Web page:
I’m currently having a bit of a Jack the Ripper phase. Despite previously knowing very little about the grisly east end murders of 1888, now – I confess – I’m hooked. Tempted as I am to try my hand at a bit of armchair detective work, I am actually more interested in why myself and most people are fascinated with serial killers, rather than actually who Jack the Ripper was. After all, if I told you that the Ripper was ‘Joe Bloggs’, a 43 year old butcher who lived in Whitechapel, would that really satisfy your curiosity? Would the ‘who’ without the ‘why’ bring us any sort of closure?
Just to clarify, I’m pretty sure there was no 43 year old butcher in the Whitechapel area called Joe Bloggs at the time of the murders. If there was, then it looks like I’ve found a new and lucrative career as a psychic.
So why is it then, that normal people with relatively happy lives and childhoods can become so excited by something as horrific as murder? The Ripper mystery has gripped us for over a century now, and since the 1970s serial killers (both real and fictitious) have captivated our collective imagination, resulting in a sort of near-mythical, almost celebrity status. Consider our love of the character Hannibal Lecter – I say ‘love’ because, while we are morally opposed to his cannibalism, his charisma and intelligence (brought to life by actors including Sir Anthony Hopkins and, most recently, Mads Mikkelsen) are uncomfortably irresistible. We, the public, as well as the press and the media all obsess over these men, picking apart their childhoods, psyches and actions in meticulous detail, spurred on by an innate morbid fascination with mortality and morality.
Perhaps it is precisely because the majority of us are normal, happy, healthy human beings that we find serial killers and their victims so inherently fascinating. We go to work, eat, sleep, watch one too many episodes of our favourite show on Netflix, count down the days until the weekend, and then we do it all again. To us, serial killers seem about as far removed from real life as you can possibly get – we see them as ruthless, heartless monsters, stereo-typically either evil geniuses or severely mentally unstable. They seem to operate outside the confines of civilized human nature, symbolizing the very extremes of what one person can do to another and yet, despite all this, they are still human. They are still people. They also go to work, eat, sleep and exist in the same world that we do. Often, in the case of Hannibal or real-life murderers like Ted Bundy, they can be charming, or even charitable*. That, then, is the niggling question: how does a seemingly normal person become so twisted? Is it in their nature or their nurture? Is anyone capable of committing such atrocities, or are these people anomalies?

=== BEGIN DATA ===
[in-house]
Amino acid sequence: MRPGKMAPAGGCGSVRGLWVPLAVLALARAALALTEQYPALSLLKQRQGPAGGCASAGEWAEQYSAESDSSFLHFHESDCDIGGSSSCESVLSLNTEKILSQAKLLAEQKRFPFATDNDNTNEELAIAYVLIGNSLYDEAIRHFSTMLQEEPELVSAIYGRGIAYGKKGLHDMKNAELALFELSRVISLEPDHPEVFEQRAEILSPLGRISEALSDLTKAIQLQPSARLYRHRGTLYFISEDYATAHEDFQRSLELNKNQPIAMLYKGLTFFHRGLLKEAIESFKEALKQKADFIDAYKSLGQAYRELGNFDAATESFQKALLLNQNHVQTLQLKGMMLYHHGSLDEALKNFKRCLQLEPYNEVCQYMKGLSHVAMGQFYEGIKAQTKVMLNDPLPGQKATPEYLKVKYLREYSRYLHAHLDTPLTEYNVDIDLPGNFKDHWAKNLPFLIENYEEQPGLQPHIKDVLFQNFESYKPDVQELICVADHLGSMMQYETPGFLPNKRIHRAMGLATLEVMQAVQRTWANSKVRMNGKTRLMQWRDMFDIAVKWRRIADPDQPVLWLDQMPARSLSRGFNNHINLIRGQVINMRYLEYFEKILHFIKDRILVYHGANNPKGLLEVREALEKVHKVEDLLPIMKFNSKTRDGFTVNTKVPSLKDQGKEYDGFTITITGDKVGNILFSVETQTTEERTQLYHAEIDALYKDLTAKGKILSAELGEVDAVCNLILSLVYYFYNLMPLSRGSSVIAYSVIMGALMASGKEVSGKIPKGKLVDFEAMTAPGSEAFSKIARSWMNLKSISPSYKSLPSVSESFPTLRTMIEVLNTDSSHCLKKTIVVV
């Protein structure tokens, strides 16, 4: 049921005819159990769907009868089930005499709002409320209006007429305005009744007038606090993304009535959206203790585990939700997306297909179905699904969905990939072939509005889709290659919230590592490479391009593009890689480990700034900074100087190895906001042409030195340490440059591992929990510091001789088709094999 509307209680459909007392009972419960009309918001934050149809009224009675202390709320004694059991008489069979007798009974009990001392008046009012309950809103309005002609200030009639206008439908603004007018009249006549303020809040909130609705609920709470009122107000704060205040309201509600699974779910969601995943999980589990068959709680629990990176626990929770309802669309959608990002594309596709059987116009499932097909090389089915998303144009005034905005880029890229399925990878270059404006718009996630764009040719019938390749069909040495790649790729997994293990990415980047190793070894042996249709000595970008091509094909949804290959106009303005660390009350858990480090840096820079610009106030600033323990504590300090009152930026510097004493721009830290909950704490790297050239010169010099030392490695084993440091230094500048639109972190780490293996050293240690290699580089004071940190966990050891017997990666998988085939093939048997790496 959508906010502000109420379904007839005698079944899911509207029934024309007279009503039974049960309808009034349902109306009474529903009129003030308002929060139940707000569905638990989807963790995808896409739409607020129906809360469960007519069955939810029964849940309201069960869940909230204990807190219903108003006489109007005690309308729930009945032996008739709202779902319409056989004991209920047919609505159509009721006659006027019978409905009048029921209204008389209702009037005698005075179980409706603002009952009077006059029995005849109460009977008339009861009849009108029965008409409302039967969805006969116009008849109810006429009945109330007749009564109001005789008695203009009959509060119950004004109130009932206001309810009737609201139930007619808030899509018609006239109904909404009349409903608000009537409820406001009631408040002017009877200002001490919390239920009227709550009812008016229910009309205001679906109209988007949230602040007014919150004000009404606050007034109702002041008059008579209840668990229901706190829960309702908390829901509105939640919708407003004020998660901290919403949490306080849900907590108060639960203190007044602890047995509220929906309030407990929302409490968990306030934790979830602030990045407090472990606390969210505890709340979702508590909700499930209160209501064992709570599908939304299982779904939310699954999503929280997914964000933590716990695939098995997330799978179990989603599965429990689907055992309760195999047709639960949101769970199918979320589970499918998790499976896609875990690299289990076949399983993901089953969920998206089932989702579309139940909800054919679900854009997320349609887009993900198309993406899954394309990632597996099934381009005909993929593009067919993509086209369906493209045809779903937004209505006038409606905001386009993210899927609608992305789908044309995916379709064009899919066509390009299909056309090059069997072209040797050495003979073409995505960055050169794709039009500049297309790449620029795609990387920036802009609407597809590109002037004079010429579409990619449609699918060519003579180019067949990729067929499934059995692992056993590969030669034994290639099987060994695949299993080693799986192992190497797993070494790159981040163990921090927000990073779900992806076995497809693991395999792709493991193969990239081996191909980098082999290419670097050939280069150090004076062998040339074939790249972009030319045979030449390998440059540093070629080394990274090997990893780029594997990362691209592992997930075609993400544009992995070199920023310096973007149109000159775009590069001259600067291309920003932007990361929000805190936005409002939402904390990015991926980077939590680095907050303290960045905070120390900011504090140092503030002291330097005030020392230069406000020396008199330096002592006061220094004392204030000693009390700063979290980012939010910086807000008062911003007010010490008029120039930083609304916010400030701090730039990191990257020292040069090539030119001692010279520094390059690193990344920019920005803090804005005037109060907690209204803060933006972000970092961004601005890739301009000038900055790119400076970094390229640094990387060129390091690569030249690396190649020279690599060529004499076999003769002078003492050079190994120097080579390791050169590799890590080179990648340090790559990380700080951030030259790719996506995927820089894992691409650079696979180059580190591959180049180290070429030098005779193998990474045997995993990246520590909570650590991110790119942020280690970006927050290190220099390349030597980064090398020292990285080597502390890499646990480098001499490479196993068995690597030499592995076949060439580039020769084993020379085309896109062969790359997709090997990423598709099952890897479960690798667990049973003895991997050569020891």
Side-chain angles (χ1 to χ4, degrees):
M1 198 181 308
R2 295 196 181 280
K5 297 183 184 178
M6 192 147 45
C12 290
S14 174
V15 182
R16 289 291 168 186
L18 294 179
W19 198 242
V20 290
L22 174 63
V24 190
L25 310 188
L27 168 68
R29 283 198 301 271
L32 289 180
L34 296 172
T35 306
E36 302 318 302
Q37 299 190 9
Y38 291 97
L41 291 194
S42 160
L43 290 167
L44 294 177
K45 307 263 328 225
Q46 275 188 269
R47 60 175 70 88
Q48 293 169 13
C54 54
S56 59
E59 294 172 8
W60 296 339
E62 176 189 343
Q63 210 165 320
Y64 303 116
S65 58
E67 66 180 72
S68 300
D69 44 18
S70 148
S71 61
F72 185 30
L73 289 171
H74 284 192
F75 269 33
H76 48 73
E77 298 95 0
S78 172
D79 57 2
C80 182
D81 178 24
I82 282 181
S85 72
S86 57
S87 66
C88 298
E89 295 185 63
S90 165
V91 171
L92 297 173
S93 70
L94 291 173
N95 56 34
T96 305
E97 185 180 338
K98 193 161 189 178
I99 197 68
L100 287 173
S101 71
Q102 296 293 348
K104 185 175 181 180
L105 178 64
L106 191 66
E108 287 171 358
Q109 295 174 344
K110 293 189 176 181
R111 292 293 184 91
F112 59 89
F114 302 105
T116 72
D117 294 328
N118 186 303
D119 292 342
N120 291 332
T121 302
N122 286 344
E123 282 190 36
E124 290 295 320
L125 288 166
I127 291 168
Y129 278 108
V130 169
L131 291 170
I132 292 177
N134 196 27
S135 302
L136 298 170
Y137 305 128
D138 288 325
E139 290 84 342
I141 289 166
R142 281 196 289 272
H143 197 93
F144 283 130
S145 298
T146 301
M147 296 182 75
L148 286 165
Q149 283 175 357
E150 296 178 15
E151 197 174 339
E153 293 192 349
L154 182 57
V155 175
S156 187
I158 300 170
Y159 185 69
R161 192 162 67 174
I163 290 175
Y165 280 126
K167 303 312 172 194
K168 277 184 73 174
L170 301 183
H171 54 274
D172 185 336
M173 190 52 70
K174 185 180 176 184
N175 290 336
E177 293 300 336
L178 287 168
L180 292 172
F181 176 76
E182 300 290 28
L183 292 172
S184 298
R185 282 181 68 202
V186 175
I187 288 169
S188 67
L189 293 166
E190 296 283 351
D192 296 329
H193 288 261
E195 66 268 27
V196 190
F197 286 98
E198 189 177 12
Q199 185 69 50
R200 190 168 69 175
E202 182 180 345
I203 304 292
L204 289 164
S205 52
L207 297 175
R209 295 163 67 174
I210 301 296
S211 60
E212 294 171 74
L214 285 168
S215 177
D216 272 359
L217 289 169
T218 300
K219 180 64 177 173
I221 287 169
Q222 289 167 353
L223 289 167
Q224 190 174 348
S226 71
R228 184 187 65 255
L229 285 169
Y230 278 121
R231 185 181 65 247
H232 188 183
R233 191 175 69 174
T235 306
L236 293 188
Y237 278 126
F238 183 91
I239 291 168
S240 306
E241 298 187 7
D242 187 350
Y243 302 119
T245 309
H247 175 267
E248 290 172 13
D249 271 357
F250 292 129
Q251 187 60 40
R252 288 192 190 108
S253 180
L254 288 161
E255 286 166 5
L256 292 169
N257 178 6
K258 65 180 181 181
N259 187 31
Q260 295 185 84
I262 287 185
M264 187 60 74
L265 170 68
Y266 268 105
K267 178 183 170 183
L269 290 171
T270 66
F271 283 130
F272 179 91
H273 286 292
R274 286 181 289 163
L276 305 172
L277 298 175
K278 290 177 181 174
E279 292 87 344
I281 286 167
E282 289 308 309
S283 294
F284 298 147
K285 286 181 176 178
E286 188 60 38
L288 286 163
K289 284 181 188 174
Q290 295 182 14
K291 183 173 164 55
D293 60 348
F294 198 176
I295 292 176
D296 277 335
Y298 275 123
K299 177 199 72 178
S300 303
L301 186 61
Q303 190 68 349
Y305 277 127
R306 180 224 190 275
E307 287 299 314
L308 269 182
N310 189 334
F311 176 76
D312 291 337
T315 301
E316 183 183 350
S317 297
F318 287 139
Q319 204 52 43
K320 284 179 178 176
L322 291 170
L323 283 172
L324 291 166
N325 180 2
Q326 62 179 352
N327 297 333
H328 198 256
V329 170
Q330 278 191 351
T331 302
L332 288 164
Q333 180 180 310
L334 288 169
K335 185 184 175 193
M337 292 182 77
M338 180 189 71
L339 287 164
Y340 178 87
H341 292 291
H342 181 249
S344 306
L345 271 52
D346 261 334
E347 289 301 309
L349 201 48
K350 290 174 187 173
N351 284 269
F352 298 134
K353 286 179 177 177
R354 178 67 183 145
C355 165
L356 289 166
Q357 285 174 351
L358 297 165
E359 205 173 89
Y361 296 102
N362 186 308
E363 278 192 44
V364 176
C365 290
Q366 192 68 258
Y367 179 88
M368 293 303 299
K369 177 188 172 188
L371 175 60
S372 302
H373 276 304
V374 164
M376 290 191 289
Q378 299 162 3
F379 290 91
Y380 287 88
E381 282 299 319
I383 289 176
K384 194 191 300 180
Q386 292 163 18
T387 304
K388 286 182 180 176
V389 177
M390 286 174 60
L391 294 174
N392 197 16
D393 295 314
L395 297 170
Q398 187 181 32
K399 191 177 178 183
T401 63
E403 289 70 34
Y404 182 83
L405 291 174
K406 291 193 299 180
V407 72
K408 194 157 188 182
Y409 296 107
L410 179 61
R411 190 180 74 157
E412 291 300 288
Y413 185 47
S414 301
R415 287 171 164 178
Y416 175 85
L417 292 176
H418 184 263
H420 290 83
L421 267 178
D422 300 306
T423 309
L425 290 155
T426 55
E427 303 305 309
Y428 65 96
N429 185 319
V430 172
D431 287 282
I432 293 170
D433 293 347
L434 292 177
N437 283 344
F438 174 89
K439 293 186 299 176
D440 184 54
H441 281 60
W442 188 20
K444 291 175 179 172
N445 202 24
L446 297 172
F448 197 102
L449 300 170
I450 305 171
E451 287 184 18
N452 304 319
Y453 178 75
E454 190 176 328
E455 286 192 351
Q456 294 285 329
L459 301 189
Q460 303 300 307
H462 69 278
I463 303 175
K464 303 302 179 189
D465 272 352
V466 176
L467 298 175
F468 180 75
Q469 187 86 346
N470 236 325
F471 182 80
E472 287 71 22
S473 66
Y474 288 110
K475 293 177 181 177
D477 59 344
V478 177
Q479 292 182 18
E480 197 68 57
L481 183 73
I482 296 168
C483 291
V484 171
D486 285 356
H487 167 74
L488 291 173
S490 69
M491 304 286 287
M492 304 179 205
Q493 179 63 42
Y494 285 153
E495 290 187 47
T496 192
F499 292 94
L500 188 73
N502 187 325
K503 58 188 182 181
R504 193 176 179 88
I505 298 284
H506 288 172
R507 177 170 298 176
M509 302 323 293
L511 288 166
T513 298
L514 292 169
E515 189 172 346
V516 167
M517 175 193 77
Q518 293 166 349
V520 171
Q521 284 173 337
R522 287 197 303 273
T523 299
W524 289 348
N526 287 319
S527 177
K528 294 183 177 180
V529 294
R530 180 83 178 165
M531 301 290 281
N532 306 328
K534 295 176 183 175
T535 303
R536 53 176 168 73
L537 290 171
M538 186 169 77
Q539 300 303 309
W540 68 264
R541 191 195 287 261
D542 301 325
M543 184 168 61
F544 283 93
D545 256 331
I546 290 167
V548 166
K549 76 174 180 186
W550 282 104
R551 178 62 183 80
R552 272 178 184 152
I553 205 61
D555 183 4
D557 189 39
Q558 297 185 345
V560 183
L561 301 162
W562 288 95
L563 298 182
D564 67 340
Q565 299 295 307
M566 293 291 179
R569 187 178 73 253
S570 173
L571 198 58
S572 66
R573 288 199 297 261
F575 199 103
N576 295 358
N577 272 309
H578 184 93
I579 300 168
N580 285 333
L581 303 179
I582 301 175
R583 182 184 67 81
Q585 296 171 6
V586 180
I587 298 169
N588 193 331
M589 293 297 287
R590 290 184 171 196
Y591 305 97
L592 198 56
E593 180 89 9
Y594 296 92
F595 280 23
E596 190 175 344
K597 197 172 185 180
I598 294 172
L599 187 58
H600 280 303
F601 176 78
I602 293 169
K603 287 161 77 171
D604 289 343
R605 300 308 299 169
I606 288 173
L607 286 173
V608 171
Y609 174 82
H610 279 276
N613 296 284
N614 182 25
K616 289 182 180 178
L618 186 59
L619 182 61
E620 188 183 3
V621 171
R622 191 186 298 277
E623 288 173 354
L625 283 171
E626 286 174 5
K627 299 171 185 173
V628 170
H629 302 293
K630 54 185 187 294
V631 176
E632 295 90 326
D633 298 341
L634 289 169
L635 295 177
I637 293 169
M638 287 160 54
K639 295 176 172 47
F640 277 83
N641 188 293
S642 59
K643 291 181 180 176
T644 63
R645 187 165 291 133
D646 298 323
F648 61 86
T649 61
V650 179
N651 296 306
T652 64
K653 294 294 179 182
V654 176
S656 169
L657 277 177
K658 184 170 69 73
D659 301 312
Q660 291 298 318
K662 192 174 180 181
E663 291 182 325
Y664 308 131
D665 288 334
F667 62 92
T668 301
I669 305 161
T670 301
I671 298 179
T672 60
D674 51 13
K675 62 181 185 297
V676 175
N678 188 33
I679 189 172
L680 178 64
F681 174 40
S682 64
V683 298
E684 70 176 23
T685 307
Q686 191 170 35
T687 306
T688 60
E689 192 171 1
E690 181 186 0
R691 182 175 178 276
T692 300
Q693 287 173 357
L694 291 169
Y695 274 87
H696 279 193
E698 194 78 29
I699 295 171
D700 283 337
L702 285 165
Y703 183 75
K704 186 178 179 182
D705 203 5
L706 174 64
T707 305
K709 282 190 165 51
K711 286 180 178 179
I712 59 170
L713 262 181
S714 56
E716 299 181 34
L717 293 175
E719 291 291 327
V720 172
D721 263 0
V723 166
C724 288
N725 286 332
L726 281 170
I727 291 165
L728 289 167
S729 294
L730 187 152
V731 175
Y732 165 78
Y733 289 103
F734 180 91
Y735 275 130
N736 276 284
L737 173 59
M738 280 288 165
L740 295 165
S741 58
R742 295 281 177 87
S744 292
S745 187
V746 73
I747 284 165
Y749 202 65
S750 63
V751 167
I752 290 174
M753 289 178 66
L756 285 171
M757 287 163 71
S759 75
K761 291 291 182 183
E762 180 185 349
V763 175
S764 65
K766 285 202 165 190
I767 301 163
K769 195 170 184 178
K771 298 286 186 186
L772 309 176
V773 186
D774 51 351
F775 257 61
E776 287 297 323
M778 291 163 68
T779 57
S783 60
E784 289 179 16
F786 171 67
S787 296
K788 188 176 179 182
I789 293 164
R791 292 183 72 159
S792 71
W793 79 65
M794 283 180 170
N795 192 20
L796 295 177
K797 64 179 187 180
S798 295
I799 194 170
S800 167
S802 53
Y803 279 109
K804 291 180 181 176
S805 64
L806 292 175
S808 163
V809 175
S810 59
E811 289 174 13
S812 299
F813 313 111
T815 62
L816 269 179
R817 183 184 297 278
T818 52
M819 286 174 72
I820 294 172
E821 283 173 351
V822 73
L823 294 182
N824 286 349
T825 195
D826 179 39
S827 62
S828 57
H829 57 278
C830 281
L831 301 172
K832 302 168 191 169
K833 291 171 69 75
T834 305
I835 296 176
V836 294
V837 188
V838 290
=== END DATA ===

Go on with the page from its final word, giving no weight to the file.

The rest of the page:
Our obsession with serial killers, therefore, seems to stem largely from our innate human desire to explain the seemingly inexplicable. Part of the reason we are so advanced as a species (I think) is our deep-rooted curiosity. We are constantly questioning, challenging, experimenting – at our best we don’t accept things at face value, but we constantly probe for a better, richer understanding of the world around us. Serial killers both entice these questions and deny us the answers: we are desperate to apply logic to their actions, although in most cases this is unlikely to ever be found. Even if we were one day able to identify Jack the Ripper, it is doubtful that we would be able to ascertain why he did what he did – the reasoning is not only lost in time but likely lost in translation. Would we ever really be able to understand, let alone accept, why he did what he did? The motivation behind such violent, terrible atrocities are likely to be as incomprehensible and unclear as the identity of Jack the Ripper himself.
And yet we continue on, perpetually attempting to solve an unsolvable puzzle. Who knows when – or if – the ghost of the Ripper will finally be laid to rest…
*John Wayne Gacy (March 17th, 1942 – May 10th, 1994) seemed an upstanding American citizen: he was married, he was in full-time employment, he was the vice-president of the United States Junior Chamber – a civic organization focusing on community service – and he also voluntarily visited sick children at a local hospital, dressed as a clown. In July 1978 it was revealed that he was also responsible for the rape, torture and murder of at lest 33 teenage boys in Chicago.